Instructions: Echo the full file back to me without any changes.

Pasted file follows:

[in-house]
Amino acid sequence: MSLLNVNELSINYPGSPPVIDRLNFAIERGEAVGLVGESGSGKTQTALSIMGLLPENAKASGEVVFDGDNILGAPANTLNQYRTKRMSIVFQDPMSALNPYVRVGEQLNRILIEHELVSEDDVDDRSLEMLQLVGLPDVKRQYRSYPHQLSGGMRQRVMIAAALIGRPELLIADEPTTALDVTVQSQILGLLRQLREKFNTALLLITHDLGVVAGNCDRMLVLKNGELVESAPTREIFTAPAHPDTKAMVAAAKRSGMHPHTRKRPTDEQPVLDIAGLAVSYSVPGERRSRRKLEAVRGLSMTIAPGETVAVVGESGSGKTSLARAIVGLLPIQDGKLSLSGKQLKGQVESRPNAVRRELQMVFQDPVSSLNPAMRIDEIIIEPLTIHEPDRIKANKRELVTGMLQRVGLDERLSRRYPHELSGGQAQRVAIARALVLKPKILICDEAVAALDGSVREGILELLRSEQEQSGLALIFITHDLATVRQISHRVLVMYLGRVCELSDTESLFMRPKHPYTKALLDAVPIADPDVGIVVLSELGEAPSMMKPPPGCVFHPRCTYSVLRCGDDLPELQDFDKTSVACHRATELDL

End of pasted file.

[in-house]
Amino acid sequence: MSLLNVNELSINYPGSPPVIDRLNFAIERGEAVGLVGESGSGKTQTALSIMGLLPENAKASGEVVFDGDNILGAPANTLNQYRTKRMSIVFQDPMSALNPYVRVGEQLNRILIEHELVSEDDVDDRSLEMLQLVGLPDVKRQYRSYPHQLSGGMRQRVMIAAALIGRPELLIADEPTTALDVTVQSQILGLLRQLREKFNTALLLITHDLGVVAGNCDRMLVLKNGELVESAPTREIFTAPAHPDTKAMVAAAKRSGMHPHTRKRPTDEQPVLDIAGLAVSYSVPGERRSRRKLEAVRGLSMTIAPGETVAVVGESGSGKTSLARAIVGLLPIQDGKLSLSGKQLKGQVESRPNAVRRELQMVFQDPVSSLNPAMRIDEIIIEPLTIHEPDRIKANKRELVTGMLQRVGLDERLSRRYPHELSGGQAQRVAIARALVLKPKILICDEAVAALDGSVREGILELLRSEQEQSGLALIFITHDLATVRQISHRVLVMYLGRVCELSDTESLFMRPKHPYTKALLDAVPIADPDVGIVVLSELGEAPSMMKPPPGCVFHPRCTYSVLRCGDDLPELQDFDKTSVACHRATELDL